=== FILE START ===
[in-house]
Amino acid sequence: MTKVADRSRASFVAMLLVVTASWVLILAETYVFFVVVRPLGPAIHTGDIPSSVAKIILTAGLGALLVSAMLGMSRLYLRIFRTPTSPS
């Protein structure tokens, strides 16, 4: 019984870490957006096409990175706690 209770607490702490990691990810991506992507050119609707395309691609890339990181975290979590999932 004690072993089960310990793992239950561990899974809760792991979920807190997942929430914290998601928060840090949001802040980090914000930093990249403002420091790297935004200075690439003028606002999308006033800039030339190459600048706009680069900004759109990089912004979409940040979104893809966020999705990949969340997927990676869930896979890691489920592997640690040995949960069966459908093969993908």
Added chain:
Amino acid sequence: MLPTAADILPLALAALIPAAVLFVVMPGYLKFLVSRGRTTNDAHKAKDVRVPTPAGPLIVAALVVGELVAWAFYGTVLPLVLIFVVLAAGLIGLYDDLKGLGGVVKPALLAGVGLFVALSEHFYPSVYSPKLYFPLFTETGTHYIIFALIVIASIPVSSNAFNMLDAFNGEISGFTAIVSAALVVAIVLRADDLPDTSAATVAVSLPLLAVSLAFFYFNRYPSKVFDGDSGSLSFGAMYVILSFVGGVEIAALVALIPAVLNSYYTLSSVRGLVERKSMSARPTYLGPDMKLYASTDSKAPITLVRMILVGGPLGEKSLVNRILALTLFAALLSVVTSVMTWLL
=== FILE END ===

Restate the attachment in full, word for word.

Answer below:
[in-house]
Amino acid sequence: MTKVADRSRASFVAMLLVVTASWVLILAETYVFFVVVRPLGPAIHTGDIPSSVAKIILTAGLGALLVSAMLGMSRLYLRIFRTPTSPS
């Protein structure tokens, strides 16, 4: 019984870490957006096409990175706690 209770607490702490990691990810991506992507050119609707395309691609890339990181975290979590999932 004690072993089960310990793992239950561990899974809760792991979920807190997942929430914290998601928060840090949001802040980090914000930093990249403002420091790297935004200075690439003028606002999308006033800039030339190459600048706009680069900004759109990089912004979409940040979104893809966020999705990949969340997927990676869930896979890691489920592997640690040995949960069966459908093969993908």
Added chain:
Amino acid sequence: MLPTAADILPLALAALIPAAVLFVVMPGYLKFLVSRGRTTNDAHKAKDVRVPTPAGPLIVAALVVGELVAWAFYGTVLPLVLIFVVLAAGLIGLYDDLKGLGGVVKPALLAGVGLFVALSEHFYPSVYSPKLYFPLFTETGTHYIIFALIVIASIPVSSNAFNMLDAFNGEISGFTAIVSAALVVAIVLRADDLPDTSAATVAVSLPLLAVSLAFFYFNRYPSKVFDGDSGSLSFGAMYVILSFVGGVEIAALVALIPAVLNSYYTLSSVRGLVERKSMSARPTYLGPDMKLYASTDSKAPITLVRMILVGGPLGEKSLVNRILALTLFAALLSVVTSVMTWLL